I can only go with what has been written here and if I am wrong the OP can correct me but I am assuming the OP hasn't travelled on their own at all so when I suggest domestic travel I mean to do so to understand the basic logistics of travel, things like managing a travel budget, working out trasportation schedules, researching things to do at destinations, and he mentioned couch surfing and hitchhiking which if you haven't done before it might be good to practice in your home country first. Domestic travel is a good way to experiment with travel styles. You can find out how long you can last without running water or electricity (the OP mentioned wanting to tent it), if you find it is something you can't give up then you would have to take that into consideration when budgeting your overseas trip. I have heard stories of people who tried extremely thrifty travel and found it not to their liking and ended up spending a fortune to cut their trip short and get back home. That's why I was suggesting maybe experiment with that form of travel closer to home so you can figure out what you will withstand in order to save a dollar and what you would refuse to live without despite the monetary savings. At the end of the day it's about finding your travel rhythm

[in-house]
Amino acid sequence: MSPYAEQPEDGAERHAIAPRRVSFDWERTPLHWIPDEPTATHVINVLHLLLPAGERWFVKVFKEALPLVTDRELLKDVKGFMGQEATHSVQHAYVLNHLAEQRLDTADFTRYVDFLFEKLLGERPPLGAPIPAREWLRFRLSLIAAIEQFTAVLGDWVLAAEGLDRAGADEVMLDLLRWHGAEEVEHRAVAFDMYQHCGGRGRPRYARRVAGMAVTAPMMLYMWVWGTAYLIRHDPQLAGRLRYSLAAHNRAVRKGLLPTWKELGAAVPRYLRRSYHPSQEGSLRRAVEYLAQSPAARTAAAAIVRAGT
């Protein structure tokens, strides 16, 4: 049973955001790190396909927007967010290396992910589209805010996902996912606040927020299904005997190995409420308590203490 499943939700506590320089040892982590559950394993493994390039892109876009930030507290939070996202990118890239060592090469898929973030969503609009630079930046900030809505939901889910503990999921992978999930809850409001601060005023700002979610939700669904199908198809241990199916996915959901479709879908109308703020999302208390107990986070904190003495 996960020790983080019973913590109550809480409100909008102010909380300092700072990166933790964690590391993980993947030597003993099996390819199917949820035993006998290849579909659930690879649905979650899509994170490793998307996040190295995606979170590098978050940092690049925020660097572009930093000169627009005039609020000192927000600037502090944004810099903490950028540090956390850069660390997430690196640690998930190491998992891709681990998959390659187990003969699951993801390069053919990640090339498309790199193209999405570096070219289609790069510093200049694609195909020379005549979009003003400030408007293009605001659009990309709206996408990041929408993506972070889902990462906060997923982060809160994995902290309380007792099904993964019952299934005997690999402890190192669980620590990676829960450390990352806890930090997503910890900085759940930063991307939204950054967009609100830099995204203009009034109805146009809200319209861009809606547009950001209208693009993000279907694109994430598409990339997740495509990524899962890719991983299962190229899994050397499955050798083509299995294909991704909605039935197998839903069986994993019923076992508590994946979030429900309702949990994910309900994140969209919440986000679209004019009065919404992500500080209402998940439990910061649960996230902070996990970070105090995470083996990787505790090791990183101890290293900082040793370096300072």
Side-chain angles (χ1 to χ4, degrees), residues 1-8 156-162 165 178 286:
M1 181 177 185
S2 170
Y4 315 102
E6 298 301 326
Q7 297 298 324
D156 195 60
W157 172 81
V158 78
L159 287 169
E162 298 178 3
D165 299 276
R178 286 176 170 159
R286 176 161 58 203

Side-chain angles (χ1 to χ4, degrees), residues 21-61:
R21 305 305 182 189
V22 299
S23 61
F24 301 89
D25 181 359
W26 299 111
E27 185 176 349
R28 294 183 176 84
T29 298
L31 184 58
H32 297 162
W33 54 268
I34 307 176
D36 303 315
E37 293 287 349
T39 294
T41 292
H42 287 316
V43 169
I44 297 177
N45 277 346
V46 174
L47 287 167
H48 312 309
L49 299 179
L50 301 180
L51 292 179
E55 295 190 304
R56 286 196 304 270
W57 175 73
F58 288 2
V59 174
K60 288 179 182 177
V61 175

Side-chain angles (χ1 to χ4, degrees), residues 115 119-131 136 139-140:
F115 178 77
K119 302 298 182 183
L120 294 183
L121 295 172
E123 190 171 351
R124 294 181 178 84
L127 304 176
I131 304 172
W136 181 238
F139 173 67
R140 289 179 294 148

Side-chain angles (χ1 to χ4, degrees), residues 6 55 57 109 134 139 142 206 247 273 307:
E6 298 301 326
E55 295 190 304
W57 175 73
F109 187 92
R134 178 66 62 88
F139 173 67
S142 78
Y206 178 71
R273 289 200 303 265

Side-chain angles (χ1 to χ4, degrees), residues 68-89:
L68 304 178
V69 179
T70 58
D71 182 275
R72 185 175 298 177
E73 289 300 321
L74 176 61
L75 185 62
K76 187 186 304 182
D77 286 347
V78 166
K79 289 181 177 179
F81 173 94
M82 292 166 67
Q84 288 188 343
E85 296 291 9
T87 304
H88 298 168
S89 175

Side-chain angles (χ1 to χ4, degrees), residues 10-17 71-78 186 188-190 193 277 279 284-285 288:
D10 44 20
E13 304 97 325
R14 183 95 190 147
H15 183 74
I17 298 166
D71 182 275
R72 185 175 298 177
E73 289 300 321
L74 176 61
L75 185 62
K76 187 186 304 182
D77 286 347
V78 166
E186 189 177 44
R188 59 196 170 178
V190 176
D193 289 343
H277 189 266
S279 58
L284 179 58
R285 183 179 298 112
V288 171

28. Posted by berner256 (Moderator 843 posts) 1w Star this if you like it!

Excellent comments. But Brad, like most Americans, probably drives a car to get around; and public transportation in the U.S. isn't as convenient nor extensive as elsewhere; and there aren't many hostels and similar accommodations (I'm a life member of Hostelling International USA). Traveling in the U.S. is expensive.